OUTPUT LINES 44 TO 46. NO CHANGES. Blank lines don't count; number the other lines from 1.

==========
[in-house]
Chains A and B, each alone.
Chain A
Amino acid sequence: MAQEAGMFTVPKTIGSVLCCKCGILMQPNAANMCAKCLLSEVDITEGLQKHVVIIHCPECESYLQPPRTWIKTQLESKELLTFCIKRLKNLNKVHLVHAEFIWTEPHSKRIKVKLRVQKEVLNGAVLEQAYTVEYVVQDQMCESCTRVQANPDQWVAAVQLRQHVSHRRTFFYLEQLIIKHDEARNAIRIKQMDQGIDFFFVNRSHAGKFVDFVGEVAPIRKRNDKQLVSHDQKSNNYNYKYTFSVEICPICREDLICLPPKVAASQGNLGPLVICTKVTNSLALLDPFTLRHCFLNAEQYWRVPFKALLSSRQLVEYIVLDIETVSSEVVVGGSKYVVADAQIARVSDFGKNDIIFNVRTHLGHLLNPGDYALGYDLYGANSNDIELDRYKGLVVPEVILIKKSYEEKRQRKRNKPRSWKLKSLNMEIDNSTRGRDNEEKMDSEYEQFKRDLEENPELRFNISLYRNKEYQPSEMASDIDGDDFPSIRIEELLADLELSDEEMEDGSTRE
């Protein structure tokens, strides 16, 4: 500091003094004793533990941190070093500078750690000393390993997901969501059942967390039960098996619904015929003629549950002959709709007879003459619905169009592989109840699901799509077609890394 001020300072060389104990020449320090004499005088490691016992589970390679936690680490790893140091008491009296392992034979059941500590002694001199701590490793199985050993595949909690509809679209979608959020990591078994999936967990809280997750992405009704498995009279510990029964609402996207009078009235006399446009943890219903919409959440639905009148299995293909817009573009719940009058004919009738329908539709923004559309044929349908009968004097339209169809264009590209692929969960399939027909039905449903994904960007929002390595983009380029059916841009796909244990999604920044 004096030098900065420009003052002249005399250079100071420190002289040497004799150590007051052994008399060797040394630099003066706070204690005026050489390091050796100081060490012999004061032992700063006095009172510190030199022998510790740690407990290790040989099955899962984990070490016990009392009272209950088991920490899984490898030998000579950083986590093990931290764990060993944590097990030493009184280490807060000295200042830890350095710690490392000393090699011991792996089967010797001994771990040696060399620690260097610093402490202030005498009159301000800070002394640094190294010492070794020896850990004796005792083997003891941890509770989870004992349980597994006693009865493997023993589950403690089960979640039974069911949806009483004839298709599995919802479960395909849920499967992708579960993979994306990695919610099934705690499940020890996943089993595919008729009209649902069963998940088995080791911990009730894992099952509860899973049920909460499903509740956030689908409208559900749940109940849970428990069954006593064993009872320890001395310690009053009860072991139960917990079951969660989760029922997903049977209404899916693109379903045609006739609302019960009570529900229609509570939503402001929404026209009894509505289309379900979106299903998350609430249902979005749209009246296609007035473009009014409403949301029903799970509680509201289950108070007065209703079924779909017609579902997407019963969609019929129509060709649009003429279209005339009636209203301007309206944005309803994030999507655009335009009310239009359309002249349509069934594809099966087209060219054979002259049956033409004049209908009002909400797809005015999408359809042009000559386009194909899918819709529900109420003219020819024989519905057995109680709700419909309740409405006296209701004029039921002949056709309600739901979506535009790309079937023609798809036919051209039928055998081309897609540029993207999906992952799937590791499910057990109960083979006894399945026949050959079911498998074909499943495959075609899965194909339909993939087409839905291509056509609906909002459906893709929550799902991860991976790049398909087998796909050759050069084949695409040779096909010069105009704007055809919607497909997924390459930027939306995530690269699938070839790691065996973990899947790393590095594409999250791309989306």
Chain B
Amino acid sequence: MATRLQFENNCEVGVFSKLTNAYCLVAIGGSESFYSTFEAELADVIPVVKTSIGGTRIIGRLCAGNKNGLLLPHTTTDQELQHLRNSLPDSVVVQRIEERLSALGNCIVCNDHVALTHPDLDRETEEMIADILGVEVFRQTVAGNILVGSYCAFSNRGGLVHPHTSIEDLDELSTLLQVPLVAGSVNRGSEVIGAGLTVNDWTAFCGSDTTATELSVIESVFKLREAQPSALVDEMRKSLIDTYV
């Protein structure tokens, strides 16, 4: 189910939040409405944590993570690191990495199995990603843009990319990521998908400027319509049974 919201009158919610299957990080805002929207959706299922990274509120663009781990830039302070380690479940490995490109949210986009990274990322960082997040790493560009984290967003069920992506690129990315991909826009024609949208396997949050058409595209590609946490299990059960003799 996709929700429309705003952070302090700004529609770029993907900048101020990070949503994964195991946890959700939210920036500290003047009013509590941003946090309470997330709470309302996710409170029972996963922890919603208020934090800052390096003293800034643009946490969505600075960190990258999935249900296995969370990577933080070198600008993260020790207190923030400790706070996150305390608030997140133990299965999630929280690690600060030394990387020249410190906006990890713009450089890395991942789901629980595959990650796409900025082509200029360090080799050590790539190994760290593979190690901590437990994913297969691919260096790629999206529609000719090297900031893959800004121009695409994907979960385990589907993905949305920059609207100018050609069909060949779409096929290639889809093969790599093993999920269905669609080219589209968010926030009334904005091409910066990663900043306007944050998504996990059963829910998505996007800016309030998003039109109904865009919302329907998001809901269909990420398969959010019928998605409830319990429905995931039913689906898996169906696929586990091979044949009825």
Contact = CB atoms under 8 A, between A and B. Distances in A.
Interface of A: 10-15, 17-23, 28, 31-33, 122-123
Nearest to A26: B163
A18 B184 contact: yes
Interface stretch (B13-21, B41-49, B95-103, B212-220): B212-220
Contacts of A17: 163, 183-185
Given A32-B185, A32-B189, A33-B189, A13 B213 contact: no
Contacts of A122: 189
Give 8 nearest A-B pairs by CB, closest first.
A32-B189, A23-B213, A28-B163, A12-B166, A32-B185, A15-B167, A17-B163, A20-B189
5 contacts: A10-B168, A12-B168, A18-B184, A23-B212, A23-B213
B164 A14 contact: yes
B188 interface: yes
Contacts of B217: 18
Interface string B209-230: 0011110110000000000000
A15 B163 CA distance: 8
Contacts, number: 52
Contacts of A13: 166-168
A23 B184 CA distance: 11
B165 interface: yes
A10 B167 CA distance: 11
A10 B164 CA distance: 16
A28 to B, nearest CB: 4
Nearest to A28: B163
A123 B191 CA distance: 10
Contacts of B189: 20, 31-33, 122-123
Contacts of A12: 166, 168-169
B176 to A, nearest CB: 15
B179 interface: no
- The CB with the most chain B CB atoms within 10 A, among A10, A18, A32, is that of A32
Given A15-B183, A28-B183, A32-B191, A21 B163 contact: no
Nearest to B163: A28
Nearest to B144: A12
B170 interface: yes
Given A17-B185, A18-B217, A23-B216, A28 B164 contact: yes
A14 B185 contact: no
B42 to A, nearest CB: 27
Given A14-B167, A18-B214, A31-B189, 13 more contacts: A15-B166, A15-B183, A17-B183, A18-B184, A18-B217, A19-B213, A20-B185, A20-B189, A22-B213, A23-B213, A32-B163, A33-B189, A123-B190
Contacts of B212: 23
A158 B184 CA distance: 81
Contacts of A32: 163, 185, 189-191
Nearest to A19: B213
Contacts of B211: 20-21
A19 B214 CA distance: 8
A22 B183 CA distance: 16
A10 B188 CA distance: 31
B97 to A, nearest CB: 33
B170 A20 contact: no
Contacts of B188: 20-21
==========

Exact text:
A14 B185 contact: no
B42 to A, nearest CB: 27
Given A14-B167, A18-B214, A31-B189, 13 more contacts: A15-B166, A15-B183, A17-B183, A18-B184, A18-B217, A19-B213, A20-B185, A20-B189, A22-B213, A23-B213, A32-B163, A33-B189, A123-B190